Letter from Marion Arnold to MLK

Wednesday, July 19, 1967
New York (NY), New York, NY

Marion Arnold, chairman of the Ecumenical Mission Committee of Broadway United Church of Christ, expresses thanks for the copy of Dr. King's book "Where Do We Go From Here: Chaos or Community?"

MLK Statement about the New York Riots

Monday, July 27, 1964
Mississippi (MS), New York (NY), UNITED STATES OF AMERICA

Dr. Kind addresses the press' claim that civil rights leaders are involved in the outbreak of riots in New York. He says that violence creates more social problems than it solves. He says that government officials need to take responsibility and help all American citizens gain justice and equality.

Letter from Beatrice Rossell to MLK

Saturday, July 4, 1964
Arizona (AZ), Atlanta, GA

Beatrice Rossell wrote this letter to Dr. King on Independence Day in 1964, commending him on the passage of the Civil Rights Act of 1964 and enclosing a donation. She ends her note, saying "God bless you, your fine family, and the future of your great work."

Letter from MLK to Stewart Udall

Thursday, February 22, 1962
Washington, D.C.

On behalf of the SCLC and affiliated organizations, Dr. King requests permission from Stewart Udall, United States Secretary of the Interior, to use the Lincoln Memorial for a Service of Dedication to celebrate the One Hundredth Anniversary of the Emancipation Proclamation.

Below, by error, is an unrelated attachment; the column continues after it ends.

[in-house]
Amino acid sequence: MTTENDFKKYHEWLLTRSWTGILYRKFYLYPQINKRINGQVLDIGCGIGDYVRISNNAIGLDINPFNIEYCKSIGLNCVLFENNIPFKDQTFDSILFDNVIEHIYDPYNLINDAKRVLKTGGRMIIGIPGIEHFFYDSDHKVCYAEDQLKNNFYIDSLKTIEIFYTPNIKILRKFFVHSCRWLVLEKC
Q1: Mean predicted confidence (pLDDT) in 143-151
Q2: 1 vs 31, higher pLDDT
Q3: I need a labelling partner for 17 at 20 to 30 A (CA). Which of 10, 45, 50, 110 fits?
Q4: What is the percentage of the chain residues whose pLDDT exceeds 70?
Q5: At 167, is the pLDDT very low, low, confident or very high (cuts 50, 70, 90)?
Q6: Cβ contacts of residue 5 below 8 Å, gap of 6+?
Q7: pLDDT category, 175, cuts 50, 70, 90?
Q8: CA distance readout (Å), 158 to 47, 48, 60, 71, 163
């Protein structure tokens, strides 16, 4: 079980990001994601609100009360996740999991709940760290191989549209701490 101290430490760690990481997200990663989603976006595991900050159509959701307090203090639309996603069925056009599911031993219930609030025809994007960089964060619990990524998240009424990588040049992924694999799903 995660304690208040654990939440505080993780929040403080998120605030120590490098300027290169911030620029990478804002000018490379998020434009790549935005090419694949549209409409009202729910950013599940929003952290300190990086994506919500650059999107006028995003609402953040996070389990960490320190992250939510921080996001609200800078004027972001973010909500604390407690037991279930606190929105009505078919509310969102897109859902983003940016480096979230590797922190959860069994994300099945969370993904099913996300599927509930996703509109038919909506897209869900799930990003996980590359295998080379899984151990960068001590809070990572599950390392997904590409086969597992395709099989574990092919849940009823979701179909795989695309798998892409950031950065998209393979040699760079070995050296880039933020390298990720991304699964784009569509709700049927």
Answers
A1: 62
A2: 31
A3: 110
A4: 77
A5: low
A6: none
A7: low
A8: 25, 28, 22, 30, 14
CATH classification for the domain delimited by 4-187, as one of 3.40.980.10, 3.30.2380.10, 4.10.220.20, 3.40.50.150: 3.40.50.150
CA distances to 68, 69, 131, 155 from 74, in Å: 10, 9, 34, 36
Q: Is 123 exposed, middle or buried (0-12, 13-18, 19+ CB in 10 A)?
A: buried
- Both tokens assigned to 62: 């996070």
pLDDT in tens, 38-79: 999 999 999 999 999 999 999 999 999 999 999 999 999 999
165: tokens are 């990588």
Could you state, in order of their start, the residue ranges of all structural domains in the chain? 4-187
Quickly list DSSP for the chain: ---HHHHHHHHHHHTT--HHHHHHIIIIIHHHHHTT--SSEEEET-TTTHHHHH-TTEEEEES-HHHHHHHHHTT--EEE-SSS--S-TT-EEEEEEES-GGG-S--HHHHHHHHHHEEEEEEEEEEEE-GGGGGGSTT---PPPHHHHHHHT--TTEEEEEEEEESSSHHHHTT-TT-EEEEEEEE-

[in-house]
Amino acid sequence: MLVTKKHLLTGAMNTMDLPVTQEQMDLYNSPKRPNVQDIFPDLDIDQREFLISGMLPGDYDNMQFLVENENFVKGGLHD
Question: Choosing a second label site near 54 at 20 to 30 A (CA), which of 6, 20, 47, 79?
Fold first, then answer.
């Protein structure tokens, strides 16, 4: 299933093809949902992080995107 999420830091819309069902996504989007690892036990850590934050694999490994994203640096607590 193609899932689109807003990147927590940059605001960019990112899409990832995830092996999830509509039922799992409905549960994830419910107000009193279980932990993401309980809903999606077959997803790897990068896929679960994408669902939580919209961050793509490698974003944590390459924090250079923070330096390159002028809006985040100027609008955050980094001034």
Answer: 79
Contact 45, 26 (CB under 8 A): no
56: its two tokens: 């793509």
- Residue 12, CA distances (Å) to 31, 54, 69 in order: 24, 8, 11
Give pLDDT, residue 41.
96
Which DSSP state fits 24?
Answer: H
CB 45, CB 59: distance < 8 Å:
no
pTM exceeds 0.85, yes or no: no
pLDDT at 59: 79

Ross Hamilton Sends MLK Support

Thursday, November 28, 1963
New York (NY), New York, NY

Ross Hamilton, 11-years-old, writes Dr. King with support and encloses money from one of his Christmas gifts.

Letter to MLK from the Daughters of Zion

Indiana (IN)

H.B. Williams, the Shepherdess of the Daughters of Zion, sent this letter to Dr. King saying that they had taken notice to his actions in the fight for civil equality. Williams writes that they do not participate in demonstrations, because that has caused their organization "downfall in ancient times." She further explains that this has "turned into a Holy war, and it is no longer a fight for equality and rights to vote."

Cosomological Argument for God

Dr. King references the cosmological argument for God.

Get Well Letter from Mr. David George Ball to MLK

Thursday, September 25, 1958
Connecticut (CT), Montgomery, AL

Mr. David George Ball, Chairman of the University Lecture Committee for the Yale University Christian Association, forwarded to Dr. King this get well letter.

Letter from Reverend L. H. Hendricks Jr. to MLK

Monday, January 22, 1962
Montgomery, AL

Reverend L. H. Hendricks Jr. asks Dr. King and the Ebenezer Baptist Church for financial assistance to build his church.

Dr. King Announces Appointment of Director of New SCLC Project to Train Urban Negro Leaders

Wednesday, January 10, 1968
GEORGIA, Atlanta, GA, Alabama (AL), Chicago, IL, Illinois (IL), New York (NY), New York, NY, Detroit, MI, Michigan (MI), Washington, D.C., Missouri (MO), New Jersey (NJ), Birmingham, AL, San Francisco, CA, California (CA)